PsyMaptic was developed in response to a need to provide policymakers, commissioners and service providers with evidence-based information about the likely number of people requiring treatment for suspected psychosis in Early Intervention in Psychosis [EIP] services in England. 

EIP services were mandated by the Department of Health to be established nationally in 2002, with recognition that psychosis need may vary in different populations. At the time, no tools were readily available to inform service commissioning and planning about possible variation in local need.

From around 2009, two of the lead investigators on the PsyMaptic project (James Kirkbride, Peter Jones – see Our Team) began exploring ways to translate empirical knowledge about how risk and incidence of psychotic disorders varied by person and place into a usable tool for EIP service planning.

Kirkbride and Jones drew on their previous experience and involvement in two of the largest epidemiological studies of first episode psychosis in England at the time, the Aetiology and Ethnicity in Schizophrenia and Other Psychoses [AESOP] study (on which Jones was a Co-PI) and East London First Episode Psychosis [ELFEP] study led by Prof Jeremy Coid. These two studies established strong evidence for variation in the incidence of psychotic disorders in England by age group, sex and ethnic group, as well as by place, with more urban, deprived and unequal neighbourhoods showing higher rates of disorder.  

Using this empirical data, Kirkbride and Jones collaborated with a biostatistician at the MRC Biostatistics Unit at the University of Cambridge (Dr Dan Jackson) to develop Versions 0.5 and 1.x of the PsyMaptic prediction tool for psychosis in England. Predictions of psychosis incidence from the tool were validated against observed data from a third empirical study of the epidemiology of first episode psychosis, the Social Epidemiology of Psychoses in East Anglia [SEPEA] study (PI: Kirkbride, Co-I: Jones).

The final version of the tool predicted the expected incidence of ICD-10 psychotic disorders (F10-33) in England, at lower-tier Local Authority District [LAD] level, by major age group, sex and ethnic group, taking into account LAD variation in deprivation and population density. It predicted need according to the size and structure of the population of England from the 2011 Census of Great Britain.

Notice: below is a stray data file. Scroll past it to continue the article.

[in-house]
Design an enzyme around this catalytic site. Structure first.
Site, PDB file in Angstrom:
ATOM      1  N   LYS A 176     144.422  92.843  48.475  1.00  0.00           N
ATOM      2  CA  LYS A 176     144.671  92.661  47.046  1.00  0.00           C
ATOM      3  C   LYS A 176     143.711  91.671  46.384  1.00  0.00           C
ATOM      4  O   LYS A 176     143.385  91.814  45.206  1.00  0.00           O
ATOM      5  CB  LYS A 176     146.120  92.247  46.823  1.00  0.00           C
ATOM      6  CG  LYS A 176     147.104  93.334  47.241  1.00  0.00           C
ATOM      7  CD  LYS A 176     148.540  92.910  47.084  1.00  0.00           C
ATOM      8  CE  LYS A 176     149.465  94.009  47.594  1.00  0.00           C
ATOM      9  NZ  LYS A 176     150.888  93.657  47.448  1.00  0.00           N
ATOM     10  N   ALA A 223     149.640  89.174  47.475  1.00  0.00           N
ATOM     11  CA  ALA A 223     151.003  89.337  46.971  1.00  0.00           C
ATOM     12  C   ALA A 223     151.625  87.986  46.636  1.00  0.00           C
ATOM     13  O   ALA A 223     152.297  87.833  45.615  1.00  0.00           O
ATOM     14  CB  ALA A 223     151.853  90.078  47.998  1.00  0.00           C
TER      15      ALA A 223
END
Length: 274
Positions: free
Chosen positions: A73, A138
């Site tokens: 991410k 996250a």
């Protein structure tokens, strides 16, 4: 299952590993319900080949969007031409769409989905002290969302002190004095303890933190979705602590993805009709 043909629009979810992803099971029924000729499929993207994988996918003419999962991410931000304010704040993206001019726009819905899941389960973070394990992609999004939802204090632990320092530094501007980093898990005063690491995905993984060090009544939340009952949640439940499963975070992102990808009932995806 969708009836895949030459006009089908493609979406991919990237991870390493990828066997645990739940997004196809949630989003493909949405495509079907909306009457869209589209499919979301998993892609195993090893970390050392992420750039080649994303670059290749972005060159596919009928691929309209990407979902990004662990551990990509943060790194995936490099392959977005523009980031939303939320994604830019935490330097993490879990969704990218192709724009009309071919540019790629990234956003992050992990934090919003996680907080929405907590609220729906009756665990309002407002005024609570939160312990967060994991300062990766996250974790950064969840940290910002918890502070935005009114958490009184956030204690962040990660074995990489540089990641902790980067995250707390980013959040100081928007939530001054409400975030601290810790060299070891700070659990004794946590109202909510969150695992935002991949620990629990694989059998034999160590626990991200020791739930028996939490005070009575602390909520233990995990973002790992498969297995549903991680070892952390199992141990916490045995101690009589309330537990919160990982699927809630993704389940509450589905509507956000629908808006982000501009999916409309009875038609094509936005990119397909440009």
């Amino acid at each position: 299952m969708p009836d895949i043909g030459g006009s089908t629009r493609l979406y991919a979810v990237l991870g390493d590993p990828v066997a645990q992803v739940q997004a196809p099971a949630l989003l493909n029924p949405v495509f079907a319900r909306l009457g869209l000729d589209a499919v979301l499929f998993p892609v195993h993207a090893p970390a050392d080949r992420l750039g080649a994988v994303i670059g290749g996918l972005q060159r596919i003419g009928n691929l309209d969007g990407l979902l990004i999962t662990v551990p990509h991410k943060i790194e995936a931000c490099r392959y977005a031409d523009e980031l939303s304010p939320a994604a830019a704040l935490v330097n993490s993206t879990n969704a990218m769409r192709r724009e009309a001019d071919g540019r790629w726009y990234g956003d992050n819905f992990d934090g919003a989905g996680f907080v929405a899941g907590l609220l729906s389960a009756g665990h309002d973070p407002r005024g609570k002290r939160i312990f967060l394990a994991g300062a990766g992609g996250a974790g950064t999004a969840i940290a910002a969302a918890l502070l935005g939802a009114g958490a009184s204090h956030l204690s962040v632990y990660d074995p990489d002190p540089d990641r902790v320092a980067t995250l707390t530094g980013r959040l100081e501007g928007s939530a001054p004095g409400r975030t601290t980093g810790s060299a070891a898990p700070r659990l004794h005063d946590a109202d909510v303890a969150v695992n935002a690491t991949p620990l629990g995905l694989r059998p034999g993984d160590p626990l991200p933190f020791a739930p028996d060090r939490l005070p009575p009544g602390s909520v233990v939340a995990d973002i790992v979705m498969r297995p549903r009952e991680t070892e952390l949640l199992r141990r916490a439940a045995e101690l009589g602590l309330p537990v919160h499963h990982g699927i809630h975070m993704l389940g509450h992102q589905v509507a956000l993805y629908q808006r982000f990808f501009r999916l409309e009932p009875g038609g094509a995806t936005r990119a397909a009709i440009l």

We launched Version 1.1 of the tool and the prediction data as an open access resource in 2013, following peer-review of the methodology and publication in BMJ Open. The tool has since been used to inform EIP commissioning and planning in England in a variety of ways, including informing NICE guidelines and Health Education England resourcing for EIP services following the introduction of the 2016 national Access and Waiting Times Standard.   

Over time, it has become necessary to  update the methodology underpinning predictions from the PsyMaptic tool. In part this is due to use of the 2011 Census data which may no longer provide an accurate picture of the underlying population at-risk in England to inform EIP service planning. In 2017, we began developing Version 2.0 of the PsyMaptic tool to provide more granular, long-range forecasts of future need for psychosis in England, up to 2025, and potentially beyond. You can read more about our methodology behind Version 2.0 of the tool and how it enhances our previous prediction model. 

Version 2.0 of the tool was developed thanks to a Wellcome Trust award (PI: Kirkbride based in the Division of Psychiatry, UCL), and with the continued support and collaboration of Prof. Peter Jones (University of Cambridge) and Prof. Jeremy Coid (Chengdu University). We also collaborated with Prof Gianluca Baio from the Department of Statistical Sciences, UCL, Prof Paul French (Manchester Metropolitan University), Prof David Osborn (UCL) and Dr Pia Wohland-Jacker (University of Queensland), who brought her demographic modelling skills and expertise to the project to provide projections of the likely future population structure in England up to 2025. 

We have produced Version 2.0 of our new tool to inform EIP service planning over the next 5 years, consistent with the timeframe of the NHS Long Term Plan and the Mental Health Implementation Plan. The updated forecast data from the tool (available via either our visualisation dashboard or as downloadable data) are already being used by NHS England and NICE to inform future service planning.